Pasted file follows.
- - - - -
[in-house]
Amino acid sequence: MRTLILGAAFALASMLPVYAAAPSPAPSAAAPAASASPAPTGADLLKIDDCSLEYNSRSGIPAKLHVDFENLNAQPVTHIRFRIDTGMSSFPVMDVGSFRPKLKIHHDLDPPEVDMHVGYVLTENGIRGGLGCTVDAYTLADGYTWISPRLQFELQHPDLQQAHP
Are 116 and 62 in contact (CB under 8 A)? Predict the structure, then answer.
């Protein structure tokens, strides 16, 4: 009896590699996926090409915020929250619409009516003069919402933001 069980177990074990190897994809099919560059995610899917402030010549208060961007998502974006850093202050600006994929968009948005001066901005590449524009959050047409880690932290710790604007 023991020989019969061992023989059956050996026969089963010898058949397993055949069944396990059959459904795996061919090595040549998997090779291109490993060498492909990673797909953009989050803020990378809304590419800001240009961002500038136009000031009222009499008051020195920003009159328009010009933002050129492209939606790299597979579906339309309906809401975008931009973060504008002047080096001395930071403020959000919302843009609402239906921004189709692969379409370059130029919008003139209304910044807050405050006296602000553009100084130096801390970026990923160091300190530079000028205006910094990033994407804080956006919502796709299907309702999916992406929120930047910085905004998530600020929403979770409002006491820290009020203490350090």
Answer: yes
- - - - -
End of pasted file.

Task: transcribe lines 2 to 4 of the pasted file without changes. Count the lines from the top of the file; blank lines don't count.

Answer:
Amino acid sequence: MRTLILGAAFALASMLPVYAAAPSPAPSAAAPAASASPAPTGADLLKIDDCSLEYNSRSGIPAKLHVDFENLNAQPVTHIRFRIDTGMSSFPVMDVGSFRPKLKIHHDLDPPEVDMHVGYVLTENGIRGGLGCTVDAYTLADGYTWISPRLQFELQHPDLQQAHP
Are 116 and 62 in contact (CB under 8 A)? Predict the structure, then answer.
């Protein structure tokens, strides 16, 4: 009896590699996926090409915020929250619409009516003069919402933001 069980177990074990190897994809099919560059995610899917402030010549208060961007998502974006850093202050600006994929968009948005001066901005590449524009959050047409880690932290710790604007 023991020989019969061992023989059956050996026969089963010898058949397993055949069944396990059959459904795996061919090595040549998997090779291109490993060498492909990673797909953009989050803020990378809304590419800001240009961002500038136009000031009222009499008051020195920003009159328009010009933002050129492209939606790299597979579906339309309906809401975008931009973060504008002047080096001395930071403020959000919302843009609402239906921004189709692969379409370059130029919008003139209304910044807050405050006296602000553009100084130096801390970026990923160091300190530079000028205006910094990033994407804080956006919502796709299907309702999916992406929120930047910085905004998530600020929403979770409002006491820290009020203490350090």